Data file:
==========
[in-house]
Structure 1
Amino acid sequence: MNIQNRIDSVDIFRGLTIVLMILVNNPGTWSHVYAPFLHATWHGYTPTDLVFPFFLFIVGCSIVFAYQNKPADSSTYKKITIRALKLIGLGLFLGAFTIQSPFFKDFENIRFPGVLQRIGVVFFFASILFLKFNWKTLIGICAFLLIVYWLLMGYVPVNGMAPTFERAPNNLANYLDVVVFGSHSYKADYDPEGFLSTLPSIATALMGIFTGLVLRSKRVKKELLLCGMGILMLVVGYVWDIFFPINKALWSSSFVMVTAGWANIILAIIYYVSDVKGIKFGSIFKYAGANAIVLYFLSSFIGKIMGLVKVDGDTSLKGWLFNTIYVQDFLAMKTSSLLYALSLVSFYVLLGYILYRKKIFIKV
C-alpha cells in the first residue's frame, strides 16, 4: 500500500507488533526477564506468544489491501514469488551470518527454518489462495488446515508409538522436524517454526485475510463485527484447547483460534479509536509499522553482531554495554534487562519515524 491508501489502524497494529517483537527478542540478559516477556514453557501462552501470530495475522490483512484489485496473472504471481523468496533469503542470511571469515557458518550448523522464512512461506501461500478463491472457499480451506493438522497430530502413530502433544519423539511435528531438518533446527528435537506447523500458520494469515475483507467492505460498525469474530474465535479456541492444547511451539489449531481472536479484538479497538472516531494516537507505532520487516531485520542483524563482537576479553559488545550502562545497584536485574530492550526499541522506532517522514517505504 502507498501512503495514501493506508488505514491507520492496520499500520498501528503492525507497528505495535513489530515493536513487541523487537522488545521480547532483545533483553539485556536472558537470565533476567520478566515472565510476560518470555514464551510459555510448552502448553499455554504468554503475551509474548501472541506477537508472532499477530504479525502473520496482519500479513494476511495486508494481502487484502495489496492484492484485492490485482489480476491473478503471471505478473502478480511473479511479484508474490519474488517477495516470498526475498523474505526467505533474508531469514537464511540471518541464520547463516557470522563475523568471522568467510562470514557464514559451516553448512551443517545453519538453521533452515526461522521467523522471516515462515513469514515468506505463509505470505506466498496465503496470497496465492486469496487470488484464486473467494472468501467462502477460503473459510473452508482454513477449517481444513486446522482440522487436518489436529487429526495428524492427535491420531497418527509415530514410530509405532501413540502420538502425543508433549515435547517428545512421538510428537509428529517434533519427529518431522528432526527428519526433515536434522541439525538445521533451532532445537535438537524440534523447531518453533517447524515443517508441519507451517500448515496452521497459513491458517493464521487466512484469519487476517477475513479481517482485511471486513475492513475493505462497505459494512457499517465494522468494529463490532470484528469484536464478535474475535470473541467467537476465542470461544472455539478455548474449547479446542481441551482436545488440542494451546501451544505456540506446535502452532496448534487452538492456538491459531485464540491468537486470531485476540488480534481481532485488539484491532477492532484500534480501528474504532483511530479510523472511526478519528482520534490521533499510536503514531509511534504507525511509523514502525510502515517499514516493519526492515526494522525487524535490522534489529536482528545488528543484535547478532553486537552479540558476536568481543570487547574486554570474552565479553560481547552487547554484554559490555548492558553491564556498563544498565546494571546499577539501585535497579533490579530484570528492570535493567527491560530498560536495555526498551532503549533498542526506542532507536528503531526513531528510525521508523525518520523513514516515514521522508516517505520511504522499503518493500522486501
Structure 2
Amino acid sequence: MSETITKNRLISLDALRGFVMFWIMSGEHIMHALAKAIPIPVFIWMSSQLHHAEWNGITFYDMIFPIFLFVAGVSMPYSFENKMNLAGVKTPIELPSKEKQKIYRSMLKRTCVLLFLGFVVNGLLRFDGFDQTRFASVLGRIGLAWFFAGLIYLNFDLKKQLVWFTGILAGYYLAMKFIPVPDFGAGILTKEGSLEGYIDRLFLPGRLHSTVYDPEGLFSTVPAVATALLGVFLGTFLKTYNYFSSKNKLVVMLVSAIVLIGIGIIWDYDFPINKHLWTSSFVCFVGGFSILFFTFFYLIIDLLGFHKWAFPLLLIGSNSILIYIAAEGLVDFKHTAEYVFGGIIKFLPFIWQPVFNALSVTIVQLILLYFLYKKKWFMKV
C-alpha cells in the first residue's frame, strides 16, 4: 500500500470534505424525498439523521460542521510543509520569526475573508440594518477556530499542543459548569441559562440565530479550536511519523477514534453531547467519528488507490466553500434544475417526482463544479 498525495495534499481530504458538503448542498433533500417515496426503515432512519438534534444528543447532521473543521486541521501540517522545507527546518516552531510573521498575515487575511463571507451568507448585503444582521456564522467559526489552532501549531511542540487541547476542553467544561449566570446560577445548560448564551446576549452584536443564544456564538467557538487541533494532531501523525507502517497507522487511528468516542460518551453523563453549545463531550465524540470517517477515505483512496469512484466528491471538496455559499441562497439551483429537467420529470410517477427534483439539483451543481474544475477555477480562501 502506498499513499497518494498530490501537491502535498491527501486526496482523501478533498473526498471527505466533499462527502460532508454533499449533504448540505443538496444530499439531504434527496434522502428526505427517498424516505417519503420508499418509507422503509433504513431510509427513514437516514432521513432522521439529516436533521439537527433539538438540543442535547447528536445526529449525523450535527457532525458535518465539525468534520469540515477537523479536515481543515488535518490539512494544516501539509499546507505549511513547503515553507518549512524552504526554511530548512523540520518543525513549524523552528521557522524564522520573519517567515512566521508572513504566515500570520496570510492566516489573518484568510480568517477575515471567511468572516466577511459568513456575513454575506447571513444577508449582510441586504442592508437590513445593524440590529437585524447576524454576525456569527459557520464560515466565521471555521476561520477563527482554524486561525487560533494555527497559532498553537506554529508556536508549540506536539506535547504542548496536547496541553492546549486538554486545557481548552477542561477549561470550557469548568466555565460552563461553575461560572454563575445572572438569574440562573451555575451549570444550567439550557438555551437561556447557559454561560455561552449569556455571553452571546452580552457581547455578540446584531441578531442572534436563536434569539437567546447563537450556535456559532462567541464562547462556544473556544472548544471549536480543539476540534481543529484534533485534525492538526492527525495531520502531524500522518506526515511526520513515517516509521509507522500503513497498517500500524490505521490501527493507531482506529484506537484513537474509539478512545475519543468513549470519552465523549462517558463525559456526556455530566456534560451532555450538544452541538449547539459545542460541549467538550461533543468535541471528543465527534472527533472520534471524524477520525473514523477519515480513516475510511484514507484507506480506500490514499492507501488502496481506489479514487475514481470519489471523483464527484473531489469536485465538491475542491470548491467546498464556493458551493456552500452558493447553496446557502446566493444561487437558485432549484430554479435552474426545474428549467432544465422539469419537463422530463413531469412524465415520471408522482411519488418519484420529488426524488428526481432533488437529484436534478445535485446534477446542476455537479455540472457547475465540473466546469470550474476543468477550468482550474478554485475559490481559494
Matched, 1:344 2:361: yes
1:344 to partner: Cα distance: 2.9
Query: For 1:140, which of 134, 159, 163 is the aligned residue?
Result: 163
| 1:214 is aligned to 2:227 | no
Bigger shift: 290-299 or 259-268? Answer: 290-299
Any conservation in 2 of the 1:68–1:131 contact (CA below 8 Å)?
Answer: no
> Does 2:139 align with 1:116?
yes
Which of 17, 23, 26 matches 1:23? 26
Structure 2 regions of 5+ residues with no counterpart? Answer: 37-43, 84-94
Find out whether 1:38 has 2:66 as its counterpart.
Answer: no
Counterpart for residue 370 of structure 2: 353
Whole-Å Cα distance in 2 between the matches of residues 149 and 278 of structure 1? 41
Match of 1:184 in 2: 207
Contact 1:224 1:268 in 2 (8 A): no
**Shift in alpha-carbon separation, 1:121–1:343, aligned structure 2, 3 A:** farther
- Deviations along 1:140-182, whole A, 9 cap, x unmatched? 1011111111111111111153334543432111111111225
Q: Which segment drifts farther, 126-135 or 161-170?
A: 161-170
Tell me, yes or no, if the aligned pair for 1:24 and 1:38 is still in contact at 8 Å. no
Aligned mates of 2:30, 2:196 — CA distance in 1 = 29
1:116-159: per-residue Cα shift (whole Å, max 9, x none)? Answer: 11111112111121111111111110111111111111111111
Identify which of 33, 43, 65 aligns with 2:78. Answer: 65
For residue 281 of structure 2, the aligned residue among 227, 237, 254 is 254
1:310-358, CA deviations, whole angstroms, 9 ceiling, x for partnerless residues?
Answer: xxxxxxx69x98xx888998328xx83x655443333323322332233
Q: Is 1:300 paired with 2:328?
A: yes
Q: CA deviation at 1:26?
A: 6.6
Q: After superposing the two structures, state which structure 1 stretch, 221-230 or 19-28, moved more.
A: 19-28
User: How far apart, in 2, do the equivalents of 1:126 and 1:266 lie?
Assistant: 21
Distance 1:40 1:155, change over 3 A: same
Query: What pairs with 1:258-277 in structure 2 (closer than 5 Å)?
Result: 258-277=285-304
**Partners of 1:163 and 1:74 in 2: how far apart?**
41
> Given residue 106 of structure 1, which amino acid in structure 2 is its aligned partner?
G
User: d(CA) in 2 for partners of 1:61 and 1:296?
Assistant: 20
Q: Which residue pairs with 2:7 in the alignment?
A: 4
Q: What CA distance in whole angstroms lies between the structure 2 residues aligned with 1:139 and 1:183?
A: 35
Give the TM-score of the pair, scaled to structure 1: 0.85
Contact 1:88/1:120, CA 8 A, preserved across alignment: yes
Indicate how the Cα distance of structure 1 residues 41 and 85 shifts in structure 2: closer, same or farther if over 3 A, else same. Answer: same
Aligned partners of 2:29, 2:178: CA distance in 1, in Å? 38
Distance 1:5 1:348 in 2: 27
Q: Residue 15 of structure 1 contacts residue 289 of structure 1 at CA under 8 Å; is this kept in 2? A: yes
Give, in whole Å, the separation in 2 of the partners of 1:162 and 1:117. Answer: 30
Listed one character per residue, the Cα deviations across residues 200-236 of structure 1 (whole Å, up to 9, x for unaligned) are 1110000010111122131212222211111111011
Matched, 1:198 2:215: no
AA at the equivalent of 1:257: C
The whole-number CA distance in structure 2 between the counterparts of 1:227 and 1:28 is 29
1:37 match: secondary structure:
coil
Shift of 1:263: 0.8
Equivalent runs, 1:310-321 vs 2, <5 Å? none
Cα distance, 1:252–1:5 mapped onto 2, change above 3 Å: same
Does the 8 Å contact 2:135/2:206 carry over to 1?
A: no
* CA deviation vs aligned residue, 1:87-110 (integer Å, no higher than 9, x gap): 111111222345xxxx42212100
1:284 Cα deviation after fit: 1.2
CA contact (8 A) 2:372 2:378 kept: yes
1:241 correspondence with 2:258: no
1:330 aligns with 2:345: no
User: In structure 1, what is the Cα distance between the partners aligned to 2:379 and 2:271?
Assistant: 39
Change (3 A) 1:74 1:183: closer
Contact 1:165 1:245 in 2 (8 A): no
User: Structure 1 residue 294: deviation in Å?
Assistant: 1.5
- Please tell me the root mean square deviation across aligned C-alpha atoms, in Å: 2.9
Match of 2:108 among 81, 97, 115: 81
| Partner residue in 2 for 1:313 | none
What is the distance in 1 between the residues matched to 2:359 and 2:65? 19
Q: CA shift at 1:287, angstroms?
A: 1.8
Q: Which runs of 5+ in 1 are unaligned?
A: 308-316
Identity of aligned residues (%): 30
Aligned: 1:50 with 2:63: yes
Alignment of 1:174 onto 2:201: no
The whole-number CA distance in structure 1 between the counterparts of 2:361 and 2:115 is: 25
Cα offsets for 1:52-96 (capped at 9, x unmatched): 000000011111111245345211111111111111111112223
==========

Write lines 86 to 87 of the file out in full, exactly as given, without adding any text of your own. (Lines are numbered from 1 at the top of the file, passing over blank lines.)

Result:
Assistant: 1.5
- Please tell me the root mean square deviation across aligned C-alpha atoms, in Å: 2.9